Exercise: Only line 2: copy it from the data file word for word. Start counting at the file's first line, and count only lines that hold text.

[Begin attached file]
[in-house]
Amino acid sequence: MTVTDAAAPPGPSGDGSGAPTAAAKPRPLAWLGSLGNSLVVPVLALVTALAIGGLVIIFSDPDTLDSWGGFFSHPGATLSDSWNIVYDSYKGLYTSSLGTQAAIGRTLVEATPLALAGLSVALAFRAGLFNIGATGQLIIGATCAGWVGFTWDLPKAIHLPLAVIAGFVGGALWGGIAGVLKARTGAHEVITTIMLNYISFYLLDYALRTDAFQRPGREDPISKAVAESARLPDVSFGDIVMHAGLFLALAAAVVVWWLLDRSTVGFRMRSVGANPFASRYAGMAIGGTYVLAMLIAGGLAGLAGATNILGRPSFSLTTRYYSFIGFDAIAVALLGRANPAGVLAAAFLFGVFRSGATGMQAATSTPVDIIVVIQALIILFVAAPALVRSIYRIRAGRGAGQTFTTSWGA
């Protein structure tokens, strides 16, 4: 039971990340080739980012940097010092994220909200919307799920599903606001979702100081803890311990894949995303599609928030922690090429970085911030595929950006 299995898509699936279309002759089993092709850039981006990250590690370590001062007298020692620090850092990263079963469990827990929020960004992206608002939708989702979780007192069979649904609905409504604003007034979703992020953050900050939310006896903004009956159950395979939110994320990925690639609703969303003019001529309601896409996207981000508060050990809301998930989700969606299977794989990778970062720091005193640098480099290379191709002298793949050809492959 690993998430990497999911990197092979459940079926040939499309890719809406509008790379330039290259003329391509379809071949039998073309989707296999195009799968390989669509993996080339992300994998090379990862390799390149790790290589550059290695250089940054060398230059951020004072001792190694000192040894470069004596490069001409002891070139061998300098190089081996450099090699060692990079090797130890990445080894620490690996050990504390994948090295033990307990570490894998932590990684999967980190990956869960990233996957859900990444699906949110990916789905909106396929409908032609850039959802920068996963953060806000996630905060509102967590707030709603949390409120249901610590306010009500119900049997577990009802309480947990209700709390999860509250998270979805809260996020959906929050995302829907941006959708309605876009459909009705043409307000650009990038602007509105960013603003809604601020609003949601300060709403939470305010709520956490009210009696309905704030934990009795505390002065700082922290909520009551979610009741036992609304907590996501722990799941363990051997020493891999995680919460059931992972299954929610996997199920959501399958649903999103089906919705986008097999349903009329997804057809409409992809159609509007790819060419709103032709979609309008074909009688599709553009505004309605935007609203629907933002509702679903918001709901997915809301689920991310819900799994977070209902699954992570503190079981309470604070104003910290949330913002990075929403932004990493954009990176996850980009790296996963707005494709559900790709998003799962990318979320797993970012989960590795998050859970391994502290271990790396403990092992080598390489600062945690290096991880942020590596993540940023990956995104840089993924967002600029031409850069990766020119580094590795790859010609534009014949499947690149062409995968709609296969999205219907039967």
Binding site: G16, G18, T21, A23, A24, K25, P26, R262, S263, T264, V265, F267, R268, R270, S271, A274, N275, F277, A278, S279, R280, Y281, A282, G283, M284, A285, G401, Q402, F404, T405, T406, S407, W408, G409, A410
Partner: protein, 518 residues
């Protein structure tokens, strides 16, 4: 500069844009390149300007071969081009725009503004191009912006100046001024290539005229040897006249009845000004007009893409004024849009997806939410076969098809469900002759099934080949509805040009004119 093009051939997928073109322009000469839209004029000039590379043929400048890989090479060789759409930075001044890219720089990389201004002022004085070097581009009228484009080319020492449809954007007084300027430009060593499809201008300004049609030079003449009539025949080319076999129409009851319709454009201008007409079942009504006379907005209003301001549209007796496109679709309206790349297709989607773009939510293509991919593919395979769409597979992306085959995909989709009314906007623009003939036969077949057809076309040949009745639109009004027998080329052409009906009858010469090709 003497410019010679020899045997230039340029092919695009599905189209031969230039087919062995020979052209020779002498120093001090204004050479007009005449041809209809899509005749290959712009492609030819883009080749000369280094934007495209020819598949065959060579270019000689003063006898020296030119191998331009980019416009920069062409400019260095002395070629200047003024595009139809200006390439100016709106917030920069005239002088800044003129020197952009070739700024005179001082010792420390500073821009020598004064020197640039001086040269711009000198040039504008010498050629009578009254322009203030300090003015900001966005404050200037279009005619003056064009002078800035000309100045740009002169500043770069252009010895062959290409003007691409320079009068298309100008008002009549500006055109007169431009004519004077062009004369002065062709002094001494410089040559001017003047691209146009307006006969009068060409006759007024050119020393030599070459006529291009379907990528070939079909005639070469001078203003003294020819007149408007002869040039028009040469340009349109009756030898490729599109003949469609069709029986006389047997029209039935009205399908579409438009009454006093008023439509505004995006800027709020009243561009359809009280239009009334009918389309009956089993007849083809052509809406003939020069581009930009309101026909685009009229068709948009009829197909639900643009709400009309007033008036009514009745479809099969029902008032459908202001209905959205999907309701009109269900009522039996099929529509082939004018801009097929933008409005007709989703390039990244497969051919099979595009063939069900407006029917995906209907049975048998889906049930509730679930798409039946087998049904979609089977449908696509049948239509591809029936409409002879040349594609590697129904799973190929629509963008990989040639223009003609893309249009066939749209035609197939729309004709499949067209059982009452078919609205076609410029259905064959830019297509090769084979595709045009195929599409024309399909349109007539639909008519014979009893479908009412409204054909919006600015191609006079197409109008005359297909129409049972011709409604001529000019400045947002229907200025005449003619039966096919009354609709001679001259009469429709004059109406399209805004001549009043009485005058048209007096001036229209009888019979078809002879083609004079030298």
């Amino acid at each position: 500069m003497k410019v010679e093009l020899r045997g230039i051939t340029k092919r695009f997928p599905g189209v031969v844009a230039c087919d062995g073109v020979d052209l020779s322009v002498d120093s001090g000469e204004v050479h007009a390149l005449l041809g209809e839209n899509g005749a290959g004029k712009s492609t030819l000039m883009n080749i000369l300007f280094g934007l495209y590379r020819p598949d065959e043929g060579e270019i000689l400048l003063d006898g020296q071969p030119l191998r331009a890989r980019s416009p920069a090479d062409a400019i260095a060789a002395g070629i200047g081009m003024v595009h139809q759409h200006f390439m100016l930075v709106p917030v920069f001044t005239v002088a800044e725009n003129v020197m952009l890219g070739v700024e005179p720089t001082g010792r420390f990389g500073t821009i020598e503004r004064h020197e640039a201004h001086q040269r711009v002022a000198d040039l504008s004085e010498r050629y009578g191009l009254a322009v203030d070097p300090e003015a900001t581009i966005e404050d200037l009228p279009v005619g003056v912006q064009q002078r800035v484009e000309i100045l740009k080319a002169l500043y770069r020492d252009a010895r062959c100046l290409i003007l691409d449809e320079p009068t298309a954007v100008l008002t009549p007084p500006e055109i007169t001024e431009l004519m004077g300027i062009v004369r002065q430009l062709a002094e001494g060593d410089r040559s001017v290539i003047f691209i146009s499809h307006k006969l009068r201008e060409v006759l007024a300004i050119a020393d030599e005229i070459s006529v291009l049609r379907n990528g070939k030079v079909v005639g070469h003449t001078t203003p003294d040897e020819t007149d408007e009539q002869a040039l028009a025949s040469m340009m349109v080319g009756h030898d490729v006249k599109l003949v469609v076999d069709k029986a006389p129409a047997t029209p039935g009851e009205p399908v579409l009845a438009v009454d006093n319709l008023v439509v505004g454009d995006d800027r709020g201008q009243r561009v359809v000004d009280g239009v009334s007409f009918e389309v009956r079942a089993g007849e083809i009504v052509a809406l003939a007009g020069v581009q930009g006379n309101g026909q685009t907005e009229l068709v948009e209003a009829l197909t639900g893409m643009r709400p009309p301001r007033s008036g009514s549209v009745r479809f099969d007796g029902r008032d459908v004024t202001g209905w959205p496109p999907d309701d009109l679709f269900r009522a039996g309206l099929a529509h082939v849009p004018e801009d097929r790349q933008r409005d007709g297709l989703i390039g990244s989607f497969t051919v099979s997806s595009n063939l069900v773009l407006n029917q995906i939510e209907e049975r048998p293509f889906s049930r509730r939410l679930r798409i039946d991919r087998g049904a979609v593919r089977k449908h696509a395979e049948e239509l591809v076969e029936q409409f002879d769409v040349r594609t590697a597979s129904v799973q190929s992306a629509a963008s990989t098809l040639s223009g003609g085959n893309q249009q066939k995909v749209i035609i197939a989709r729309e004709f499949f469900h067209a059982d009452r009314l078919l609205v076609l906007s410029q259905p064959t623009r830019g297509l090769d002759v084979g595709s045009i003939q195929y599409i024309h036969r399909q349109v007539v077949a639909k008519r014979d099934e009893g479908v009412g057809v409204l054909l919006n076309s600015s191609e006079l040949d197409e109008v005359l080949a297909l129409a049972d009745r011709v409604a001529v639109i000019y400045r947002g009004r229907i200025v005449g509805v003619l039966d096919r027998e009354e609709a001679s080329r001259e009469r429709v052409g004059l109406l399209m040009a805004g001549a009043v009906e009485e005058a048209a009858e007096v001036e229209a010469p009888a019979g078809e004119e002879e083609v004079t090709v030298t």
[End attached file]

Amino acid sequence: MTVTDAAAPPGPSGDGSGAPTAAAKPRPLAWLGSLGNSLVVPVLALVTALAIGGLVIIFSDPDTLDSWGGFFSHPGATLSDSWNIVYDSYKGLYTSSLGTQAAIGRTLVEATPLALAGLSVALAFRAGLFNIGATGQLIIGATCAGWVGFTWDLPKAIHLPLAVIAGFVGGALWGGIAGVLKARTGAHEVITTIMLNYISFYLLDYALRTDAFQRPGREDPISKAVAESARLPDVSFGDIVMHAGLFLALAAAVVVWWLLDRSTVGFRMRSVGANPFASRYAGMAIGGTYVLAMLIAGGLAGLAGATNILGRPSFSLTTRYYSFIGFDAIAVALLGRANPAGVLAAAFLFGVFRSGATGMQAATSTPVDIIVVIQALIILFVAAPALVRSIYRIRAGRGAGQTFTTSWGA